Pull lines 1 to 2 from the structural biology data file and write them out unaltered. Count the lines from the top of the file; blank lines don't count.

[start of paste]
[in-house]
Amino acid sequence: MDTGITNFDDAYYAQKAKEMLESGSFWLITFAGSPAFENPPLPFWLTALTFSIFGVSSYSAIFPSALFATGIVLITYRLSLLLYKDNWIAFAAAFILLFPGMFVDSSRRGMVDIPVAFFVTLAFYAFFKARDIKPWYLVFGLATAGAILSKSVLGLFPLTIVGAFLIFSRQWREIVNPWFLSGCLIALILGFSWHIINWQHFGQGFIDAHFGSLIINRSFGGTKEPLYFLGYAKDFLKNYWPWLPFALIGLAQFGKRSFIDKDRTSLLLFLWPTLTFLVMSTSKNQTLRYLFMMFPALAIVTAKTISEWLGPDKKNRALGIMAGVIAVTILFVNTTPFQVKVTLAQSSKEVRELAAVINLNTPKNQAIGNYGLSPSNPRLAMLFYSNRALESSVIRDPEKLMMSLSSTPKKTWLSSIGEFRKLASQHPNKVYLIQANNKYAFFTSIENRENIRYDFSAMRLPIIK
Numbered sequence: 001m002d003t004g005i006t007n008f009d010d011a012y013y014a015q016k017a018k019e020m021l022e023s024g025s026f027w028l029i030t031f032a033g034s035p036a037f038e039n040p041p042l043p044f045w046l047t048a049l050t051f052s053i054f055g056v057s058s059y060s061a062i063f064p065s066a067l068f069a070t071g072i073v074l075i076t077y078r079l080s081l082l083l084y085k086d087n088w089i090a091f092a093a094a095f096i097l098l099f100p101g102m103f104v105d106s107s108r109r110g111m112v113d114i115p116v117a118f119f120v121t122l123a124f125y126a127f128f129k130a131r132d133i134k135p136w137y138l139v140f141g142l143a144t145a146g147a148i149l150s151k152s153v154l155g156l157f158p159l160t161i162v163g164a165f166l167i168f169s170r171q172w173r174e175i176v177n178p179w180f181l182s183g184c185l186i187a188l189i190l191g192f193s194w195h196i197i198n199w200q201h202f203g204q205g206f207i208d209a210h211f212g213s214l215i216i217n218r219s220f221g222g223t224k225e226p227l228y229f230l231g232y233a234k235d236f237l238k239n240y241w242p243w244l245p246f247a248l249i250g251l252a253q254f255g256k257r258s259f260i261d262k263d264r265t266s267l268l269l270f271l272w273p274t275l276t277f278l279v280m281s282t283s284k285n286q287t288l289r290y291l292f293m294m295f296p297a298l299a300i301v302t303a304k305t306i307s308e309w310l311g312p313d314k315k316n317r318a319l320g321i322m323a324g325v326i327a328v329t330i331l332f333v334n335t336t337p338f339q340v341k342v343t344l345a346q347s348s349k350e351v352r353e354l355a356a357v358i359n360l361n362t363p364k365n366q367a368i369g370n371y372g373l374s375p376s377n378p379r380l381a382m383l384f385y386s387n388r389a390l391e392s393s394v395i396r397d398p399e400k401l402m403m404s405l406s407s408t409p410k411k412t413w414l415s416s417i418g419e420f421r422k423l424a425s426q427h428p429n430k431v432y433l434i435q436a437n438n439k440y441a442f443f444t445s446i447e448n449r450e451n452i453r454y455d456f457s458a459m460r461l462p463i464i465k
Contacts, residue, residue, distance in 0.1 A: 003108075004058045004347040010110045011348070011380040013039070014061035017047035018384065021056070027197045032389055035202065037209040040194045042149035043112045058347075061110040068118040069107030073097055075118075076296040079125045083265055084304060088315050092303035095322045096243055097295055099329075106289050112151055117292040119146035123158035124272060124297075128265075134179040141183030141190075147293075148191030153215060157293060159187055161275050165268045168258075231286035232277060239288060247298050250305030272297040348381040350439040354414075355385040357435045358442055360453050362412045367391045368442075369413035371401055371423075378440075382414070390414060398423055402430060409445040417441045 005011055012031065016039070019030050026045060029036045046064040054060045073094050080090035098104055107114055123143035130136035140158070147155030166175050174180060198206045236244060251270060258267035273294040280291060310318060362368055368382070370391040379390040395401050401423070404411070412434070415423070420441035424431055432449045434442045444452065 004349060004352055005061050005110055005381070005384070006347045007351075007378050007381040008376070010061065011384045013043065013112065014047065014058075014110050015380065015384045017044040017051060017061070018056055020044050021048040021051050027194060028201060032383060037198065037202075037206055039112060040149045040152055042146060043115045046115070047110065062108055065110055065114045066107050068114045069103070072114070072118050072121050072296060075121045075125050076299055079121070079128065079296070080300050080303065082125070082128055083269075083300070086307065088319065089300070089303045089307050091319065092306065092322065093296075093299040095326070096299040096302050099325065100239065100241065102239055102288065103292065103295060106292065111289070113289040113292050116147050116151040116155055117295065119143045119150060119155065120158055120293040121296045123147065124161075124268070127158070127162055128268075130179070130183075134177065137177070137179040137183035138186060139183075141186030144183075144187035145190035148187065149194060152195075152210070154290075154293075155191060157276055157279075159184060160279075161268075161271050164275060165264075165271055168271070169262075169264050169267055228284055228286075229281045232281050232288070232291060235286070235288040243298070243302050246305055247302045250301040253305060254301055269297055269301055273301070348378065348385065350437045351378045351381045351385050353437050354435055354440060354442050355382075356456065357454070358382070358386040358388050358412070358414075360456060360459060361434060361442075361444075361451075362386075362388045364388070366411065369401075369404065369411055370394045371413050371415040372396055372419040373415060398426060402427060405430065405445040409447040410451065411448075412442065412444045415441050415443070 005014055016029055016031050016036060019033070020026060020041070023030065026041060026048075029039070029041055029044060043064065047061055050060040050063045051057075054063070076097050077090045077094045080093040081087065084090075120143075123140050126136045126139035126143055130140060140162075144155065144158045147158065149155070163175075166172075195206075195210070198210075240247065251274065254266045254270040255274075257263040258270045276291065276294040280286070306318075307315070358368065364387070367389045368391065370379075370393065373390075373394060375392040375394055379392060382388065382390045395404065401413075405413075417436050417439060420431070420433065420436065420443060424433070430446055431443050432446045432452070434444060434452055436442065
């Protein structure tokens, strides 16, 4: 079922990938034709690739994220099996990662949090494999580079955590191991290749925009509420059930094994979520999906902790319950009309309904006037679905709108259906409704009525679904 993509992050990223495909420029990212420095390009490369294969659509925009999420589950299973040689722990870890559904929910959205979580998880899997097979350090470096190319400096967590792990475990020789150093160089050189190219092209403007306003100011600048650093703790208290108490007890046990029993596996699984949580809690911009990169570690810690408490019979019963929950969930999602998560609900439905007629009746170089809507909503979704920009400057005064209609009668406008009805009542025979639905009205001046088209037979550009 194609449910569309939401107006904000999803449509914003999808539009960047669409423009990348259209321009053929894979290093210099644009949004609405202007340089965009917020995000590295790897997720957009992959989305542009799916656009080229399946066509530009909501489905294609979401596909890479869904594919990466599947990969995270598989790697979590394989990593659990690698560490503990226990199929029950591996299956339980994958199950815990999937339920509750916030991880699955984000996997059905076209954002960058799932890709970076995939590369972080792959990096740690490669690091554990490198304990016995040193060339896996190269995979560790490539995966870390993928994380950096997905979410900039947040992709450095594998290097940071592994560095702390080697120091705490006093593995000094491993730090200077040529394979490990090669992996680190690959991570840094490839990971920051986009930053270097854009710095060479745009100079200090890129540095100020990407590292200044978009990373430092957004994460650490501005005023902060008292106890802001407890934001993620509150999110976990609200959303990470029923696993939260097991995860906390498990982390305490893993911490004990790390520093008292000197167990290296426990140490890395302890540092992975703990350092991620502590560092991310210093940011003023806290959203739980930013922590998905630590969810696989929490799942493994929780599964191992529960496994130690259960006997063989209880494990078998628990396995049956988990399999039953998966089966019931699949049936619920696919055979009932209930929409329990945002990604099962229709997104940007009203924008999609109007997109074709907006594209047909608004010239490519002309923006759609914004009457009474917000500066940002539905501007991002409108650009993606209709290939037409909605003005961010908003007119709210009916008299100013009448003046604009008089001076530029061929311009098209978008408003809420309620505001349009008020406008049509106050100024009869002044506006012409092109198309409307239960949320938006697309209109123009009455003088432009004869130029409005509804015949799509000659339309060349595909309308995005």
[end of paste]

[in-house]
Amino acid sequence: MDTGITNFDDAYYAQKAKEMLESGSFWLITFAGSPAFENPPLPFWLTALTFSIFGVSSYSAIFPSALFATGIVLITYRLSLLLYKDNWIAFAAAFILLFPGMFVDSSRRGMVDIPVAFFVTLAFYAFFKARDIKPWYLVFGLATAGAILSKSVLGLFPLTIVGAFLIFSRQWREIVNPWFLSGCLIALILGFSWHIINWQHFGQGFIDAHFGSLIINRSFGGTKEPLYFLGYAKDFLKNYWPWLPFALIGLAQFGKRSFIDKDRTSLLLFLWPTLTFLVMSTSKNQTLRYLFMMFPALAIVTAKTISEWLGPDKKNRALGIMAGVIAVTILFVNTTPFQVKVTLAQSSKEVRELAAVINLNTPKNQAIGNYGLSPSNPRLAMLFYSNRALESSVIRDPEKLMMSLSSTPKKTWLSSIGEFRKLASQHPNKVYLIQANNKYAFFTSIENRENIRYDFSAMRLPIIK